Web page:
MyWay looks to build hub for Georgia

Bernie Baldwin

Having just celebrated a year of service, Georgia’s MyWay Airlines is looking to expand by not just adding routes but by building its hub in Tbilisi. Following preparations which began in May 2017, the airline’s inaugural flight came on 20 May 2018, a charter service to Antalya (coincidentally linking last year’s CONNECT venue to the Turkish city which will host CONNECT 2020).

A key authorisation came on 23 June 2018 when EASA awarded Third-Country Operator (TCO) to MyWay, enabling the carrier to fly to more than 400 airports across Europe, says Igor Aptsiauri, the airline’s chief commercial  officer. As well as its Tbilisi home, the carrier also flies from the Georgian coastal city of Batumi. The carrier’s newest route opened on 26 April this year between Tbilisi and Moscow Zhukovsky Airport.

“We have two Boeing 737-800s and expect delivery of two more by the end of this year,” Aptsiauri reports. “The configuration is two-class with eight seats in business class and 162 in economy for atotal of 170 seats.

“We made the decision early on to be a full service carrier through a hub in Tbilisi,” he continues. “We believe we have the potential to create a small hub and have spokes across Georgia and beyond. While we are presently EU-oriented in seeking route development, we are also looking to China, India and the UAE to make our hub stronger for east–west connections.

“We have 160 employees, including cockpit and cabin crew, and have brought high quality people back from overseas to operate this new airline in Georgia.”

Aptsiauri was happy to receive a great deal of positive feedback from last year’s CONNECT in Georgia and believes it will add to the country’s growth efforts. “We have a key geopolitical location with a population of 4 million which is now ranked No 6 in the world for “ease of doing business” and is 16th on the ‘index of economic freedom’,” he elaborates.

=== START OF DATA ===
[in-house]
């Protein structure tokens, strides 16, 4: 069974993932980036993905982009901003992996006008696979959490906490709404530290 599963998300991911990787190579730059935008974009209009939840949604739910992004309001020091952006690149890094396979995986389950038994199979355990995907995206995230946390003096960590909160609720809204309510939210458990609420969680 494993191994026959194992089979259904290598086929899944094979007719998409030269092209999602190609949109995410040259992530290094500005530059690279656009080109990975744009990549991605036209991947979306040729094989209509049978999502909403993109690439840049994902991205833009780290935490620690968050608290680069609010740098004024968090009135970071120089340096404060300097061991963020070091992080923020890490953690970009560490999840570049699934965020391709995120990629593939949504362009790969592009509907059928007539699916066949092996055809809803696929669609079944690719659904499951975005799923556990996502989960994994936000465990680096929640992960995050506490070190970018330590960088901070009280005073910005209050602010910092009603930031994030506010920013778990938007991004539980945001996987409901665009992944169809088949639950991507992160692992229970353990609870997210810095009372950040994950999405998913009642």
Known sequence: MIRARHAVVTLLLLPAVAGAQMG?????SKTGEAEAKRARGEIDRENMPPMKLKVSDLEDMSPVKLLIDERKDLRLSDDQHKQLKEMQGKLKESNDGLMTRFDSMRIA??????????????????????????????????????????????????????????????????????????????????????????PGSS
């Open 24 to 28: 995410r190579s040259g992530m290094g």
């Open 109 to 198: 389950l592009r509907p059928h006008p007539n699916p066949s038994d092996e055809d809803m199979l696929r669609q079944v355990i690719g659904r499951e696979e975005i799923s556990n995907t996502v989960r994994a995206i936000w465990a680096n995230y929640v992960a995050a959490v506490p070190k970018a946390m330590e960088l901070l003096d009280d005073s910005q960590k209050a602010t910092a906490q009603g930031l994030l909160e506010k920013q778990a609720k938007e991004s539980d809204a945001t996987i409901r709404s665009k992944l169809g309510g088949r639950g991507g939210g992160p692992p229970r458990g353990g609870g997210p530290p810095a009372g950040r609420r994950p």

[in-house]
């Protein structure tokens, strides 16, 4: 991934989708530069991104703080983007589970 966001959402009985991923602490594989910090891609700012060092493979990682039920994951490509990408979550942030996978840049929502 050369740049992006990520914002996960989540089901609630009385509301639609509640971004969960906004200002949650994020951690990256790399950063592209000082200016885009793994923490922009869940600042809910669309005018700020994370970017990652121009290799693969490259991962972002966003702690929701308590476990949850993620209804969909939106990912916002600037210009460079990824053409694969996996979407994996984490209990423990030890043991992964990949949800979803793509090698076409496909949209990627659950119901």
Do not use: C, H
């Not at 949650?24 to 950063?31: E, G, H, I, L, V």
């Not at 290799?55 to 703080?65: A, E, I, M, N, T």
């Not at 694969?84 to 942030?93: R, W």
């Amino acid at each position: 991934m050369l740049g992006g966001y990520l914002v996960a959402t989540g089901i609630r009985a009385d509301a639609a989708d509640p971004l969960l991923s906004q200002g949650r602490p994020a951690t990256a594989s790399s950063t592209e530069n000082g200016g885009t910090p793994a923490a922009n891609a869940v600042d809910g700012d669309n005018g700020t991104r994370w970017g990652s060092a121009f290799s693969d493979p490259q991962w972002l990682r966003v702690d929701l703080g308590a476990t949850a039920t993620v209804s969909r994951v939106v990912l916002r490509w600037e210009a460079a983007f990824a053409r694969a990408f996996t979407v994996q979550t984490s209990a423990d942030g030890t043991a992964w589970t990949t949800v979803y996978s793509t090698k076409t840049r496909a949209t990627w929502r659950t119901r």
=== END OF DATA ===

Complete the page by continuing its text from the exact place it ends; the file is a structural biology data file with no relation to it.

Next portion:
Georgia has two working arrangements with EASA – a General agreement and the SAFA (Safety Assessment of Foreign Aircraft) agreement. “We’re also part of the European Common Aviation Area Agreement signed on 2 December 2010,” Aptsiauri notes. “Also, Georgia is an associate member of the European Union and we hope to be full members at some stage. The country has had a liberal aviation policy since 2005 and there are now direct flights to 57 destinations in 26 countries.” The home territory rival for MyWay Airlines is Georgian Airways, which began operations in 1998. The country has three international airports – Tbilisi, Batumi and Kutaisi. “There is one more, but it is in an occupied region,” Aptsiauri comments. “We hope that situation is cleared soon.”

Batusi, as noted, is a coastal city (on the Black Sea). “It therefore has mainly seasonal services operated by charter airlines,” the CCO notes. “At Kutaisi the focus is on services by low-cost carriers. We have been seeing strong  growth at each of these airports and at Tbilisi, where Wizz Air has opened a base.”

MyWay Airlines has been backed by the Hualing Group of China, which has a 49% stake. “Apart from that investment, which gives them one seat on the board, everything is Georgian,” Aptsiauri confirms.

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